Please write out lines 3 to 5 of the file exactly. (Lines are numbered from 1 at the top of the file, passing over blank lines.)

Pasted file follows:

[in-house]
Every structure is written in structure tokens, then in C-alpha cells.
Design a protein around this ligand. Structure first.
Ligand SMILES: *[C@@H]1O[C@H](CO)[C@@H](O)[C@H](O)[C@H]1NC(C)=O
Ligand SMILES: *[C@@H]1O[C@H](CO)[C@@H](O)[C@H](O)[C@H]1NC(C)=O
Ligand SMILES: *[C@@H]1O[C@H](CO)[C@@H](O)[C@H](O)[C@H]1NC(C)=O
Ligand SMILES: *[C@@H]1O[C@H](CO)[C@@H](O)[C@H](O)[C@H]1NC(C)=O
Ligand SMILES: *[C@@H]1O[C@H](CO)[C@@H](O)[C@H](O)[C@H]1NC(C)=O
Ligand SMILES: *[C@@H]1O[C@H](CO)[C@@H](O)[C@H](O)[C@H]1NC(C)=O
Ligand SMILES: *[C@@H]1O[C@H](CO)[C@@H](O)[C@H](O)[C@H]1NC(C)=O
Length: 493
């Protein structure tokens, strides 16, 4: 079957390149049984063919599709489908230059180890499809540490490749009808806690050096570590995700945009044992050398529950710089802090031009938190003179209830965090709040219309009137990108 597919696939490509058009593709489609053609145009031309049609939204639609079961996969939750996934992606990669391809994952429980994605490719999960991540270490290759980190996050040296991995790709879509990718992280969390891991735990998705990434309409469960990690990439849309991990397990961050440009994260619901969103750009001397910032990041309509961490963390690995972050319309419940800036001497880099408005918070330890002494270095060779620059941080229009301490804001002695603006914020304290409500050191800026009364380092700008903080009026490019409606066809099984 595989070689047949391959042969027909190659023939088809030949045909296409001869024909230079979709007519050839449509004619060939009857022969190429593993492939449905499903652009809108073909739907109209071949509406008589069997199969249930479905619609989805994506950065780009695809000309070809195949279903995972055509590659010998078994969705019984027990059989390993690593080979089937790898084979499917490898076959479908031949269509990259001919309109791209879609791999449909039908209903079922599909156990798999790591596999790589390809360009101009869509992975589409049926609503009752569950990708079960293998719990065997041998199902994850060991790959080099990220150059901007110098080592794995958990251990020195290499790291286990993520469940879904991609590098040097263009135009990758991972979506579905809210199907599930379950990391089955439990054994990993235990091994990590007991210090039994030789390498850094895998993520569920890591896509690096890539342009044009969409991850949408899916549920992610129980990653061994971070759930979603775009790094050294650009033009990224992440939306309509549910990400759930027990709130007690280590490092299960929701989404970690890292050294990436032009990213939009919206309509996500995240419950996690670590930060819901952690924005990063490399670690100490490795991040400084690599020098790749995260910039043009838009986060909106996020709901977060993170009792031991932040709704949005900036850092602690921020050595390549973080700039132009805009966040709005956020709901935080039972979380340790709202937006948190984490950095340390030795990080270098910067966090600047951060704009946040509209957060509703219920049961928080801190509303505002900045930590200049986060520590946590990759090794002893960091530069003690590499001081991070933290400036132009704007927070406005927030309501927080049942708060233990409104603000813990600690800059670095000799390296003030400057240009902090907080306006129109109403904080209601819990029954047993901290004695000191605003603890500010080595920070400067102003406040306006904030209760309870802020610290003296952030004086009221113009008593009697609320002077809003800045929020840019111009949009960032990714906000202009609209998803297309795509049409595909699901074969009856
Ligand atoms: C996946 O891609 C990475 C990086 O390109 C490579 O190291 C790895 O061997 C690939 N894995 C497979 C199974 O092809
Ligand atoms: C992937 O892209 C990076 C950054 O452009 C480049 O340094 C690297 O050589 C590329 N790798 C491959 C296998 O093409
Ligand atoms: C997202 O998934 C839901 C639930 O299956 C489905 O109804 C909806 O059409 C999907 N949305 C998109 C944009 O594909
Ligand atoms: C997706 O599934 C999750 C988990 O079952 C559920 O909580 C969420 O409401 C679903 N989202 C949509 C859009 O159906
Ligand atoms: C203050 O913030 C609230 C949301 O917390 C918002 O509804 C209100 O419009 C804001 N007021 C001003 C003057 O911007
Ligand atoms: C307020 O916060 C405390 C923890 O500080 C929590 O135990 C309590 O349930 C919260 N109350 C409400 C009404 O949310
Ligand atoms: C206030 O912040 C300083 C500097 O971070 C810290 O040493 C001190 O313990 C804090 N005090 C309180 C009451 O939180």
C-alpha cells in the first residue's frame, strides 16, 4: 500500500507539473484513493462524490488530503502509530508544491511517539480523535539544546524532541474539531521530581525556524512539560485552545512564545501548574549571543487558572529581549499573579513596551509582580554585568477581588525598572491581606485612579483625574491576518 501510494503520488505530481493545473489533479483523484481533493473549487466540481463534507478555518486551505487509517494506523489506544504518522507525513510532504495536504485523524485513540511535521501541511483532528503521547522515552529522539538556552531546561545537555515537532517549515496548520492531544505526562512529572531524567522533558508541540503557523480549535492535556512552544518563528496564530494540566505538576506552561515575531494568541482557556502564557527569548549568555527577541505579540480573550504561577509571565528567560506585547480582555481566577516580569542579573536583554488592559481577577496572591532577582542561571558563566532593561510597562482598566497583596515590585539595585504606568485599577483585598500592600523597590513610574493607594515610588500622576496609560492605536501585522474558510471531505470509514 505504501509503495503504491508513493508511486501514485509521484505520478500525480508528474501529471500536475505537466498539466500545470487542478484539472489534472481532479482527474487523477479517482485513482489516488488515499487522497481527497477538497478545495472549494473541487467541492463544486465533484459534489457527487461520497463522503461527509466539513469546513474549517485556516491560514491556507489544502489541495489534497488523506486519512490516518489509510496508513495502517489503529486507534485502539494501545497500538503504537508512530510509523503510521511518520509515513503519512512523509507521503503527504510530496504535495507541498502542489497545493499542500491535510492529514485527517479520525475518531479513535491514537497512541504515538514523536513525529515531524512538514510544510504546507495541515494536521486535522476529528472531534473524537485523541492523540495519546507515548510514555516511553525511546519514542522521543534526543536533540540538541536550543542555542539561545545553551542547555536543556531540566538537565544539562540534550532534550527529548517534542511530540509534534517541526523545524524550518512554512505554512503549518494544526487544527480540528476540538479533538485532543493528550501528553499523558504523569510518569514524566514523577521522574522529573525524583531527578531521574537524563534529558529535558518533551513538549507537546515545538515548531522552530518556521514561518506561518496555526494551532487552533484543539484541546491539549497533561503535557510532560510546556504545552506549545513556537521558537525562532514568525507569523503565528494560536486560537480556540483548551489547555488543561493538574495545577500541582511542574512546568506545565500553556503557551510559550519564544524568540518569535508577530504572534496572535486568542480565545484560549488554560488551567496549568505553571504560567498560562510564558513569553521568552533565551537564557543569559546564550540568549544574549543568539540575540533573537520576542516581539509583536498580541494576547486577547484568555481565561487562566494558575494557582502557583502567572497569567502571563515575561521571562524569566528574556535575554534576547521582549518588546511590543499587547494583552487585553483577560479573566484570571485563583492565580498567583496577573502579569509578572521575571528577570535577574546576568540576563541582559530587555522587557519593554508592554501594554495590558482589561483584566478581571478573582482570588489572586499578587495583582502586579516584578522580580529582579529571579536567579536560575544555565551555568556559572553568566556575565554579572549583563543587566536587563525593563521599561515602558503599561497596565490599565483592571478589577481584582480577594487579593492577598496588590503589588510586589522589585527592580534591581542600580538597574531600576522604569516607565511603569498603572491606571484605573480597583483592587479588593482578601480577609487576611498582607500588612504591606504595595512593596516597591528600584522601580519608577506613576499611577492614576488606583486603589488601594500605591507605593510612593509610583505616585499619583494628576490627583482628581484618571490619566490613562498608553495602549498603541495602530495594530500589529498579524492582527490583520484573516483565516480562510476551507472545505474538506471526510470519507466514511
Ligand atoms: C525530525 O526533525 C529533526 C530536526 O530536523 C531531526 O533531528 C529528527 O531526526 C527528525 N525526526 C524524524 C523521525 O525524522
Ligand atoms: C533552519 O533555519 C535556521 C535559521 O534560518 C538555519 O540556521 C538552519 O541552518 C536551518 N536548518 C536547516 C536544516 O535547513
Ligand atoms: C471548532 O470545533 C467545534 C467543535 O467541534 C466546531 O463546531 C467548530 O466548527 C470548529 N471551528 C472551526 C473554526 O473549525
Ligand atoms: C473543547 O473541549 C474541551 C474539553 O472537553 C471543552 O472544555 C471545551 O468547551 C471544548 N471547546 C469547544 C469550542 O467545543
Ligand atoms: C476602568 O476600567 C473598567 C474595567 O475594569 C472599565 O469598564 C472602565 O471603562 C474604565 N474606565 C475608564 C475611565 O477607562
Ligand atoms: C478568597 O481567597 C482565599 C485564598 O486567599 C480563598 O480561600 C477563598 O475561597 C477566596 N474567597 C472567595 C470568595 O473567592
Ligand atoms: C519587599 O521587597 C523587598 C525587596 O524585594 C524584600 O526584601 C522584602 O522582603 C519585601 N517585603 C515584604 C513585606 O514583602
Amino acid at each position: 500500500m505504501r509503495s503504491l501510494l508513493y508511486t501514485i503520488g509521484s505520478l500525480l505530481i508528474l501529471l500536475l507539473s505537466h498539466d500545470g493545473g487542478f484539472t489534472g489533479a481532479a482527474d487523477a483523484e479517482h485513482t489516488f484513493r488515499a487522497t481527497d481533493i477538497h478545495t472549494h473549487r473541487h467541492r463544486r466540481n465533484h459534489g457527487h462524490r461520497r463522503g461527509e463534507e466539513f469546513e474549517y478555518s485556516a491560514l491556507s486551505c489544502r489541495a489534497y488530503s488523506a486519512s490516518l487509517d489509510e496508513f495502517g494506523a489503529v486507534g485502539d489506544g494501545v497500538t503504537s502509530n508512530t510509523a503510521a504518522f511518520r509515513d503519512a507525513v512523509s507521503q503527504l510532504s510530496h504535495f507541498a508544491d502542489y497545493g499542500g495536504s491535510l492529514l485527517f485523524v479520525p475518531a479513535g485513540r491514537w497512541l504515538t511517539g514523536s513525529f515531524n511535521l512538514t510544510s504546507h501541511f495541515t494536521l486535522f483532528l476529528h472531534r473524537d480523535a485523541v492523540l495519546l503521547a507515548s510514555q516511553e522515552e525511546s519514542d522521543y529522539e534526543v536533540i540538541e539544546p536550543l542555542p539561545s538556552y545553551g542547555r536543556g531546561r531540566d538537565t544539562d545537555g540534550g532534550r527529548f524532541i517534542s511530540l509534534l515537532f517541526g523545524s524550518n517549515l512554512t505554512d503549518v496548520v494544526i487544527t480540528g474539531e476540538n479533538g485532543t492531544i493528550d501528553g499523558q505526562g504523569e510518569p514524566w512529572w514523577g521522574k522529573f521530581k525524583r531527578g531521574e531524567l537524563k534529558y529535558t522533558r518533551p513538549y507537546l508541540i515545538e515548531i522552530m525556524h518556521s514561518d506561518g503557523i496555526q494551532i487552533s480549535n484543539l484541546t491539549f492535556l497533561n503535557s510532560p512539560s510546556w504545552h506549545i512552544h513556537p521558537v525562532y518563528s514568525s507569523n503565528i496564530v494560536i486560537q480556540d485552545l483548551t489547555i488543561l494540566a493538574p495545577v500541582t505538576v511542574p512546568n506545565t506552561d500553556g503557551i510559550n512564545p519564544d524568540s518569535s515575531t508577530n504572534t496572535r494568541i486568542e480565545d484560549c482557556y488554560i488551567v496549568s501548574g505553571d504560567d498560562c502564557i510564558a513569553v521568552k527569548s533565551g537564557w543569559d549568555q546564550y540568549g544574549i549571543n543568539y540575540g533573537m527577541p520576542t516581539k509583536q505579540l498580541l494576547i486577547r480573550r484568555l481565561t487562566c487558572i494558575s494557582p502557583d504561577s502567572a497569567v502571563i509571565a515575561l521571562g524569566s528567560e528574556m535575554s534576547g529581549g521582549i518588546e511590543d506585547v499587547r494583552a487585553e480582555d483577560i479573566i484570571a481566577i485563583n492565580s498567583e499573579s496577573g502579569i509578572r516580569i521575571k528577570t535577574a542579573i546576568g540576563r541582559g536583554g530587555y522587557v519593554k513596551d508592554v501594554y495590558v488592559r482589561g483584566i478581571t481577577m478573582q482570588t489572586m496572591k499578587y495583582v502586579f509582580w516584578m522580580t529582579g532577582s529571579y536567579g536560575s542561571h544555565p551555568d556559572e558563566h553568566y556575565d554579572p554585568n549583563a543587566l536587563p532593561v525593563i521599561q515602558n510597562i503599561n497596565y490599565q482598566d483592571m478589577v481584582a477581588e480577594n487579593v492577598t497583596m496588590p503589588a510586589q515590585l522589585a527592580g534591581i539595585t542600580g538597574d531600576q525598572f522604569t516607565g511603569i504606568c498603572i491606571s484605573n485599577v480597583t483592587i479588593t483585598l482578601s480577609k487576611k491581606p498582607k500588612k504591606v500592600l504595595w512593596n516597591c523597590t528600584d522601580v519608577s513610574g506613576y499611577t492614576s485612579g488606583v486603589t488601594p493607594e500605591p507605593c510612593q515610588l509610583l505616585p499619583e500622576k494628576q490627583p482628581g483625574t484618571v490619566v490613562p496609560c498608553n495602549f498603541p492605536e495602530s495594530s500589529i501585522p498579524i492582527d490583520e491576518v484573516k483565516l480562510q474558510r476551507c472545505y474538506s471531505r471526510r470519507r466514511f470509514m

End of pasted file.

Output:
Design a protein around this ligand. Structure first.
Ligand SMILES: *[C@@H]1O[C@H](CO)[C@@H](O)[C@H](O)[C@H]1NC(C)=O
Ligand SMILES: *[C@@H]1O[C@H](CO)[C@@H](O)[C@H](O)[C@H]1NC(C)=O